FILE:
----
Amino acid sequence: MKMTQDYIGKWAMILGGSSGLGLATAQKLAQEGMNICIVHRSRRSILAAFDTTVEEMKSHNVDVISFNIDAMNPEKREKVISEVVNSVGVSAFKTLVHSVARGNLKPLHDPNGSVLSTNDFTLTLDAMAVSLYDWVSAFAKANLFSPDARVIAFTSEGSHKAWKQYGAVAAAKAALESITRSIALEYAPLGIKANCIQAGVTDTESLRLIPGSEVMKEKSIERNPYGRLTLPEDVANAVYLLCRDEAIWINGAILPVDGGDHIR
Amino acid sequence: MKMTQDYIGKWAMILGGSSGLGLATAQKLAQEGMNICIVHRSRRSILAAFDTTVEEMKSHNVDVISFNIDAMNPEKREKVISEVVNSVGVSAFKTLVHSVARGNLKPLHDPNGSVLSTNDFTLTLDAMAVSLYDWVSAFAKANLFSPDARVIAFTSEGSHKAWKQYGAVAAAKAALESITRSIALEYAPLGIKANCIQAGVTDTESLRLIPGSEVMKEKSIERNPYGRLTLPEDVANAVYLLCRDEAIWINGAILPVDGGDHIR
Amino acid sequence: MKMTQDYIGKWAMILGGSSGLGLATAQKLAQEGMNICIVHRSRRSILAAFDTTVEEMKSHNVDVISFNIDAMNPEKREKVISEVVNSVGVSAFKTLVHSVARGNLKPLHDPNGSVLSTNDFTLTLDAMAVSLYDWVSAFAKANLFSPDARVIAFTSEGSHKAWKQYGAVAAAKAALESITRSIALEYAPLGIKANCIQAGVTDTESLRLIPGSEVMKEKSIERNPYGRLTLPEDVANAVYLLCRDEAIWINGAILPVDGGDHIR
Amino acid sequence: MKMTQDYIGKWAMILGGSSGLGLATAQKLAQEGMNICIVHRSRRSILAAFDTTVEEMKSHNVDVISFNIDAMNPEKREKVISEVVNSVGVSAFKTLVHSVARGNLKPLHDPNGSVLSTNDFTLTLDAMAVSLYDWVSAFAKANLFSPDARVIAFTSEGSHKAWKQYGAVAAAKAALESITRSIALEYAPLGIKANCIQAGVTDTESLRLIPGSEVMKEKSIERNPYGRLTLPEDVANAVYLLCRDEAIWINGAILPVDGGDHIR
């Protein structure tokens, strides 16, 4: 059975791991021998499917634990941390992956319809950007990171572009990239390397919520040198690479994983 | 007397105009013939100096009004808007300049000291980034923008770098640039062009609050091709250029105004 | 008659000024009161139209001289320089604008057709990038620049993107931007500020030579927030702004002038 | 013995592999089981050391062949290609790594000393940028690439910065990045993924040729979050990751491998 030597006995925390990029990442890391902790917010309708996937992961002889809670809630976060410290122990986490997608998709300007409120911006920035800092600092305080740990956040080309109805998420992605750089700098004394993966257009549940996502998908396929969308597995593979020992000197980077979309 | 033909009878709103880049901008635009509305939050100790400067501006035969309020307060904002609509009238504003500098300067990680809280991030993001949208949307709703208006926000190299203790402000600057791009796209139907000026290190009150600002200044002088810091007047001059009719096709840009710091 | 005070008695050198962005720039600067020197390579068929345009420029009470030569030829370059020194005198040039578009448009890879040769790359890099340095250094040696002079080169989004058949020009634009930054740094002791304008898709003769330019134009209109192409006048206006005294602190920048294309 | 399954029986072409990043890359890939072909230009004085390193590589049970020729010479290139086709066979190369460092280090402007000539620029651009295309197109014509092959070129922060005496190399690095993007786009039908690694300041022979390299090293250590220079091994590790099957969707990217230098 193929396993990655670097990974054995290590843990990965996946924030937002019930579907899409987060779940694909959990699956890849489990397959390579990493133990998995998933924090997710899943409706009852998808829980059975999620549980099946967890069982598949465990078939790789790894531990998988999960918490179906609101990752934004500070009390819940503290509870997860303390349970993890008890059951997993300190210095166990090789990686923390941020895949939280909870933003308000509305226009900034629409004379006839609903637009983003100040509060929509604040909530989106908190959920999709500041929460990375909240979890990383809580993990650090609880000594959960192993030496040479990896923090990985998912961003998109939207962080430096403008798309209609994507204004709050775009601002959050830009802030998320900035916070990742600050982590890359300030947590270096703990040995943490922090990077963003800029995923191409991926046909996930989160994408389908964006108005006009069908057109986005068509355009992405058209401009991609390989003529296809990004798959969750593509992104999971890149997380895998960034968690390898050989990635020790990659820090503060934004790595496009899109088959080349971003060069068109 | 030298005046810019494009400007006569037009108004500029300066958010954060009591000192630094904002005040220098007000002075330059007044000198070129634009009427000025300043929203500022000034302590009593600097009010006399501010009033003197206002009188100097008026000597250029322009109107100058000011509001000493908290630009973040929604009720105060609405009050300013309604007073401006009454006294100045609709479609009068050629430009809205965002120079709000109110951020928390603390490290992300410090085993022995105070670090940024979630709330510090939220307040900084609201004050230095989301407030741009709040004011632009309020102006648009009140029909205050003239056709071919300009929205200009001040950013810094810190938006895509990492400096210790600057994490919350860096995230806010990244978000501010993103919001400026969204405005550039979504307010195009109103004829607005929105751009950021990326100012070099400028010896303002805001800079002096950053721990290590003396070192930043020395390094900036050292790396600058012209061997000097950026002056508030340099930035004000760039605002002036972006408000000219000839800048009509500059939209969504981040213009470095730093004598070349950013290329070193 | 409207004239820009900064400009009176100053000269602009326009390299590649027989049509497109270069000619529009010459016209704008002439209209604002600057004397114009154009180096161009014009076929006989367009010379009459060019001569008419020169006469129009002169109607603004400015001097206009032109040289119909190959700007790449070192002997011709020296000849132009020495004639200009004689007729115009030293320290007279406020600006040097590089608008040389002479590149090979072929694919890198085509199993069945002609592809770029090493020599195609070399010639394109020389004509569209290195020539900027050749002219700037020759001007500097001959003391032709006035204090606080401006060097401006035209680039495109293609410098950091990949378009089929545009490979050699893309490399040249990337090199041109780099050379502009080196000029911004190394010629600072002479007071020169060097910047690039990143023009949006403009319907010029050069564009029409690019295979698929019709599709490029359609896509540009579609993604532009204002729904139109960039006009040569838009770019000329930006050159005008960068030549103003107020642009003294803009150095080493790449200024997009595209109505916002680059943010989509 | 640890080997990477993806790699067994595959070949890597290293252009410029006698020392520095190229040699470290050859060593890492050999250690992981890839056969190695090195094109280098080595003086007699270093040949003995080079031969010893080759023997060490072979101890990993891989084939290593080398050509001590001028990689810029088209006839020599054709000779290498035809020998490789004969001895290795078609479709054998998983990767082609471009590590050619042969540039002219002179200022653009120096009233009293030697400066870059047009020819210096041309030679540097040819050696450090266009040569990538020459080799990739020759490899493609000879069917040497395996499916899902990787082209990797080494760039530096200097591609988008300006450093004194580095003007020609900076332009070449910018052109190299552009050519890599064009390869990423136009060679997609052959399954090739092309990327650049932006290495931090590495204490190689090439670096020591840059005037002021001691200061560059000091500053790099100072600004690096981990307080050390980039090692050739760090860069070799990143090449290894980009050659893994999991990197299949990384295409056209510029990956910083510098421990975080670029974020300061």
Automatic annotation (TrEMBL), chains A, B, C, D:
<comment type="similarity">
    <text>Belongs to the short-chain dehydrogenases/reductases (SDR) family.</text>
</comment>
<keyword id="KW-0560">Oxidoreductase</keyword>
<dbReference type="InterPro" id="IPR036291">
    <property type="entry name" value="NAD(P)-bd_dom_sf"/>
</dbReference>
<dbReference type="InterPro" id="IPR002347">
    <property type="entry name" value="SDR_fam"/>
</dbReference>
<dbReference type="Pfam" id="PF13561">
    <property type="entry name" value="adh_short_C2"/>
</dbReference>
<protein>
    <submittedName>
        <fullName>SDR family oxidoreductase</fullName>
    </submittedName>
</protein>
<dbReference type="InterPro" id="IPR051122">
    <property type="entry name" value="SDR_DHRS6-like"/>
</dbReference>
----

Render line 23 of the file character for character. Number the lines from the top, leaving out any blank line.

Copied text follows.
    </submittedName>